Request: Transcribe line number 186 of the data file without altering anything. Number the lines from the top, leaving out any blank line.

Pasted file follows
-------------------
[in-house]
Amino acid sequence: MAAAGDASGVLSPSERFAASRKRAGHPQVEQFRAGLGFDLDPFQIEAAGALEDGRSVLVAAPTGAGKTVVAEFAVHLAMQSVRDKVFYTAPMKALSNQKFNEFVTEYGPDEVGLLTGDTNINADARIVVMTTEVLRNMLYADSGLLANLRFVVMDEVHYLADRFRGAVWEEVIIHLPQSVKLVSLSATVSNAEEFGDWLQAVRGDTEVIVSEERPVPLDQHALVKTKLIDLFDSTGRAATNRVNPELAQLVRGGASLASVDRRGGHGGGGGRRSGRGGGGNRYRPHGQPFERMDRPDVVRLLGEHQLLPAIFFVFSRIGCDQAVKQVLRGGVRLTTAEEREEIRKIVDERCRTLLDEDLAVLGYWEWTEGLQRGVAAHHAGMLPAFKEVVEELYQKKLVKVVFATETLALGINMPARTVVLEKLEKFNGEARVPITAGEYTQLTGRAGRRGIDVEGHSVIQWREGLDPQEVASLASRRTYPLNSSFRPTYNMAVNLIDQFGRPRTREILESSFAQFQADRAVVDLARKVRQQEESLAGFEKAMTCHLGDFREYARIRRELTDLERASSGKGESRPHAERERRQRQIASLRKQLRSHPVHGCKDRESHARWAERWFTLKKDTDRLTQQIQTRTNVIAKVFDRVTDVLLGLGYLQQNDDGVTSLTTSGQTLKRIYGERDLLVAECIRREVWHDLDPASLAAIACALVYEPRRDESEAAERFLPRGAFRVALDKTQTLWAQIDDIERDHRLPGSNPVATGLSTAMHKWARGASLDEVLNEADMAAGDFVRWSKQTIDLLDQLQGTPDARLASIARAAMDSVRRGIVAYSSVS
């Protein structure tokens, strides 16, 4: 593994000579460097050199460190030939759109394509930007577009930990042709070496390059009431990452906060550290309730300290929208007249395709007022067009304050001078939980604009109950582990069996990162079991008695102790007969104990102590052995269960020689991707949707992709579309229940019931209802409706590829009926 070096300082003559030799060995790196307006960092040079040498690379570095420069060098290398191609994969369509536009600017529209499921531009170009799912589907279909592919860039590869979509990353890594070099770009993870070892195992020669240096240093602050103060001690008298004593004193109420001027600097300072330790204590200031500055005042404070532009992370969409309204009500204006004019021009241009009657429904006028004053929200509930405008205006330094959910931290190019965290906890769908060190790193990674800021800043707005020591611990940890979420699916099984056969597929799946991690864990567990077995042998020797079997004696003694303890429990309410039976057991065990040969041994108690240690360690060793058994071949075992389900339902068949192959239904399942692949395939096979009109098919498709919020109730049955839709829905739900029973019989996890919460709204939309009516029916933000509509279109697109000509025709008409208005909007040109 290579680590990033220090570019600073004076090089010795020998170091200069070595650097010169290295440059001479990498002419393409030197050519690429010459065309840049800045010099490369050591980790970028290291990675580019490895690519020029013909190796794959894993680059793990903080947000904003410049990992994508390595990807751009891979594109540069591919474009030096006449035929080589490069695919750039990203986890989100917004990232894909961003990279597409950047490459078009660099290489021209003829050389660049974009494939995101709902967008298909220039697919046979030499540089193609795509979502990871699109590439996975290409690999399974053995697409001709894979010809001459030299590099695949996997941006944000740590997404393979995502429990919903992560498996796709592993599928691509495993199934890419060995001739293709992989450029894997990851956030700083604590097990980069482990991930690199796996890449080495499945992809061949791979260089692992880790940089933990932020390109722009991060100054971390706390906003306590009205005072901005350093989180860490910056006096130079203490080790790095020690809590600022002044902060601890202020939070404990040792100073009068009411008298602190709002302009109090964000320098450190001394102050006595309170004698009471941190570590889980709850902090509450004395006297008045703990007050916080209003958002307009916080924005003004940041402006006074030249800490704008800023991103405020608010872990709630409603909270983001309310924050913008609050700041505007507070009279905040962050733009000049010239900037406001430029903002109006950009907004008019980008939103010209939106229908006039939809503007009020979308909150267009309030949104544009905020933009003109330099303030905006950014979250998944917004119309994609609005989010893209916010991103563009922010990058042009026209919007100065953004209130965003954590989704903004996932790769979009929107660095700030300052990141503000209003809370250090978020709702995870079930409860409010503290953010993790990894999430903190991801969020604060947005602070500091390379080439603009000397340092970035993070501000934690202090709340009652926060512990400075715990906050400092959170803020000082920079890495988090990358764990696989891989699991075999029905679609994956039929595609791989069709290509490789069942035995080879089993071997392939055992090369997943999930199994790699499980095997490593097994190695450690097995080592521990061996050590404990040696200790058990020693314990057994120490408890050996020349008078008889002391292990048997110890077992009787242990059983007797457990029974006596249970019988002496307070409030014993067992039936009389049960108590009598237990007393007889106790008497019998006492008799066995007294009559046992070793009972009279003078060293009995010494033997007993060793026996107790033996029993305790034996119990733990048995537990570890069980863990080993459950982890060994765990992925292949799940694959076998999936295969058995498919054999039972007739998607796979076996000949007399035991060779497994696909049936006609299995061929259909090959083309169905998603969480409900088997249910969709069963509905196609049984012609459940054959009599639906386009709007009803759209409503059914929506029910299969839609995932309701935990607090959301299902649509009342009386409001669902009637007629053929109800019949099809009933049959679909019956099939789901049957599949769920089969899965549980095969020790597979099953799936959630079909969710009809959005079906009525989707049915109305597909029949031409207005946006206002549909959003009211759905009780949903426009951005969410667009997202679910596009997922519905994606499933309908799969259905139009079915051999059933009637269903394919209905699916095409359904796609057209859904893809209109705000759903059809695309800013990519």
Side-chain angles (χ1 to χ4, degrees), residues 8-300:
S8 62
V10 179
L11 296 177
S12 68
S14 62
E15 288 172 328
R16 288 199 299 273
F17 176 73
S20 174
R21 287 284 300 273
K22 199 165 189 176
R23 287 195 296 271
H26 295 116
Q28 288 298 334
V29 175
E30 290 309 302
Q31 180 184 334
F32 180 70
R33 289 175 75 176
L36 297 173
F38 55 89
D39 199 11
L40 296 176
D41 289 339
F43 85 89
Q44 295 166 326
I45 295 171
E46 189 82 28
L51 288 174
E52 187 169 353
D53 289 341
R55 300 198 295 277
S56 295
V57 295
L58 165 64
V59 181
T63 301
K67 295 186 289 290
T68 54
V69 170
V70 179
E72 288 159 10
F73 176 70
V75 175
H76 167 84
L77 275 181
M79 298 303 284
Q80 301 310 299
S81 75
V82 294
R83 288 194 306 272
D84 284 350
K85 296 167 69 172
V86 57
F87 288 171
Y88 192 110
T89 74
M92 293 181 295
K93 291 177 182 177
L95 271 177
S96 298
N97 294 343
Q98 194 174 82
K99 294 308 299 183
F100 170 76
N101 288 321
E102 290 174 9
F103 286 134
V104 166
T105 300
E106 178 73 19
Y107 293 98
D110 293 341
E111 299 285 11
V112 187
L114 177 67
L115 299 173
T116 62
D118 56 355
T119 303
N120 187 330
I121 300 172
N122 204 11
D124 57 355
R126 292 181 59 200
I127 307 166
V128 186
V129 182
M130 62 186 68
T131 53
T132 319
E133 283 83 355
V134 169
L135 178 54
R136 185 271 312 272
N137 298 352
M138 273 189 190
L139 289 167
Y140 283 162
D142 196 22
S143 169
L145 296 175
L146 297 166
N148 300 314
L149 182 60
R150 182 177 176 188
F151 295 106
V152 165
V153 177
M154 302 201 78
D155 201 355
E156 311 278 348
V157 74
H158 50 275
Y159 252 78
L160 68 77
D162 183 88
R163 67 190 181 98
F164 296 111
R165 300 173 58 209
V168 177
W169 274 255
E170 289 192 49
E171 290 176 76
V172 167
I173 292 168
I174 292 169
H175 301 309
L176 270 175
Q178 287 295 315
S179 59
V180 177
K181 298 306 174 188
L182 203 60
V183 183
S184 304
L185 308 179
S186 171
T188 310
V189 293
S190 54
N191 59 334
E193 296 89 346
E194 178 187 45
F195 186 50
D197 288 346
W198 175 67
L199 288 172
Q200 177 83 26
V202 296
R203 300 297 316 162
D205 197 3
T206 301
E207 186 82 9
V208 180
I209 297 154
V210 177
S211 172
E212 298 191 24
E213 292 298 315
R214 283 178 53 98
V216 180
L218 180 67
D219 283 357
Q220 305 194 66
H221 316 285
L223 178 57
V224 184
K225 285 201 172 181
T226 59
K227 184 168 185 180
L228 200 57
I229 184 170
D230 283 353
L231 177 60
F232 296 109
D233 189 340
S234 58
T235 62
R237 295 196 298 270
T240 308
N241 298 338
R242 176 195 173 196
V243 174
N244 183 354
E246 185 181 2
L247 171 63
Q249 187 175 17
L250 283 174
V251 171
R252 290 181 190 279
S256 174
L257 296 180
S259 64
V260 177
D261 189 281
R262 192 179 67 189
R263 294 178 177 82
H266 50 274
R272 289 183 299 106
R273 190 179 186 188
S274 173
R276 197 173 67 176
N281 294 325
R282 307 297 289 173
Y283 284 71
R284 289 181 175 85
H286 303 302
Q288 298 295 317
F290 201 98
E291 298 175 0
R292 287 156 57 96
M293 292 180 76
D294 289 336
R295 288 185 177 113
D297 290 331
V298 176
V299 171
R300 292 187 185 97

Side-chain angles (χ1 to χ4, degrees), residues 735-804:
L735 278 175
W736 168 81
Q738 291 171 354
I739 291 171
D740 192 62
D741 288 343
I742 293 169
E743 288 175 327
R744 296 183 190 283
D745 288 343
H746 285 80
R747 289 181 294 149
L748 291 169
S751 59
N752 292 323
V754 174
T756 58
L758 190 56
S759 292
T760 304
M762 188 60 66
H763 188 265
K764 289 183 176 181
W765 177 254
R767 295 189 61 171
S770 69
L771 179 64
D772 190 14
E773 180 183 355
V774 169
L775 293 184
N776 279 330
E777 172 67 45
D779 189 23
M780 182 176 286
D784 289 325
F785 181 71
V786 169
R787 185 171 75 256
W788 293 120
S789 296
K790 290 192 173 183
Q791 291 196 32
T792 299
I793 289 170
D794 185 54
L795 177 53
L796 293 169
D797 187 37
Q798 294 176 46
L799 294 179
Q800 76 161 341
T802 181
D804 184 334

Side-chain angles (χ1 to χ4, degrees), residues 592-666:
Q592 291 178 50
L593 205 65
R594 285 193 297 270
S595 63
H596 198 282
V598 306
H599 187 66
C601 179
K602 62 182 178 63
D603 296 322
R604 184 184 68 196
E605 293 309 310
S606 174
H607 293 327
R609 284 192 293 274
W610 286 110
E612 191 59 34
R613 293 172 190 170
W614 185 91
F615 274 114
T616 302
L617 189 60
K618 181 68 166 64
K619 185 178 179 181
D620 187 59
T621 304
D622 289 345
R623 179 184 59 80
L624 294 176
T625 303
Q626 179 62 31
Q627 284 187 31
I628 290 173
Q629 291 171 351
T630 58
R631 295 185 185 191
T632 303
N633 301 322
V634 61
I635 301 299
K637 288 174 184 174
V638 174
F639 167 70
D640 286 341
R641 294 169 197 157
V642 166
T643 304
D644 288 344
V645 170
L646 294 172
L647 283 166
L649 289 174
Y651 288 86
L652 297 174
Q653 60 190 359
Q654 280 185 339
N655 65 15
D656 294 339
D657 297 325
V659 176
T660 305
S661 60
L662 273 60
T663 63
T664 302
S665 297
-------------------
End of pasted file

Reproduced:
N241 298 338